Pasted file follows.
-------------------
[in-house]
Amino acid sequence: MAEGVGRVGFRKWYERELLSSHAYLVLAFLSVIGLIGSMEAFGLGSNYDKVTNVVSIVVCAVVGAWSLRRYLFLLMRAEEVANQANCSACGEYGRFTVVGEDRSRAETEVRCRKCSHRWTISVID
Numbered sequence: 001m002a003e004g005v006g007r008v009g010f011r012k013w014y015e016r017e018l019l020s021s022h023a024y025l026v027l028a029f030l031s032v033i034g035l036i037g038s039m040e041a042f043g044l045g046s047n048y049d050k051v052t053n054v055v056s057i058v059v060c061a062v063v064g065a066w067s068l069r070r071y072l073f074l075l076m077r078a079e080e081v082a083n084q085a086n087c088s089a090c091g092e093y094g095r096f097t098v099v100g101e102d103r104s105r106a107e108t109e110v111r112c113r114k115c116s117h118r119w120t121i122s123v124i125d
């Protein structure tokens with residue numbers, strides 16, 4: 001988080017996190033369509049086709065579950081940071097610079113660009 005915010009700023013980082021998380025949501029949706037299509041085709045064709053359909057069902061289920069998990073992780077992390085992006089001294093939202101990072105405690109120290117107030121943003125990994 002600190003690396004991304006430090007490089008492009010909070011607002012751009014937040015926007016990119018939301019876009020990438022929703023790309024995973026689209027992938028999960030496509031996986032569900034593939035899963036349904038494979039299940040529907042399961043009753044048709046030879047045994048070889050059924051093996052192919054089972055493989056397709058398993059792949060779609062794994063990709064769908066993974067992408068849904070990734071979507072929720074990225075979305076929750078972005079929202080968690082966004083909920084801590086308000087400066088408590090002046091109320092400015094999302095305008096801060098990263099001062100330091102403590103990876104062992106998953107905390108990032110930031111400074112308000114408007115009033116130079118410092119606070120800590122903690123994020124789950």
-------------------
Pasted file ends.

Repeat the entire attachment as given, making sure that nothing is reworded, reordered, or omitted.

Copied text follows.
[in-house]
Amino acid sequence: MAEGVGRVGFRKWYERELLSSHAYLVLAFLSVIGLIGSMEAFGLGSNYDKVTNVVSIVVCAVVGAWSLRRYLFLLMRAEEVANQANCSACGEYGRFTVVGEDRSRAETEVRCRKCSHRWTISVID
Numbered sequence: 001m002a003e004g005v006g007r008v009g010f011r012k013w014y015e016r017e018l019l020s021s022h023a024y025l026v027l028a029f030l031s032v033i034g035l036i037g038s039m040e041a042f043g044l045g046s047n048y049d050k051v052t053n054v055v056s057i058v059v060c061a062v063v064g065a066w067s068l069r070r071y072l073f074l075l076m077r078a079e080e081v082a083n084q085a086n087c088s089a090c091g092e093y094g095r096f097t098v099v100g101e102d103r104s105r106a107e108t109e110v111r112c113r114k115c116s117h118r119w120t121i122s123v124i125d
């Protein structure tokens with residue numbers, strides 16, 4: 001988080017996190033369509049086709065579950081940071097610079113660009 005915010009700023013980082021998380025949501029949706037299509041085709045064709053359909057069902061289920069998990073992780077992390085992006089001294093939202101990072105405690109120290117107030121943003125990994 002600190003690396004991304006430090007490089008492009010909070011607002012751009014937040015926007016990119018939301019876009020990438022929703023790309024995973026689209027992938028999960030496509031996986032569900034593939035899963036349904038494979039299940040529907042399961043009753044048709046030879047045994048070889050059924051093996052192919054089972055493989056397709058398993059792949060779609062794994063990709064769908066993974067992408068849904070990734071979507072929720074990225075979305076929750078972005079929202080968690082966004083909920084801590086308000087400066088408590090002046091109320092400015094999302095305008096801060098990263099001062100330091102403590103990876104062992106998953107905390108990032110930031111400074112308000114408007115009033116130079118410092119606070120800590122903690123994020124789950």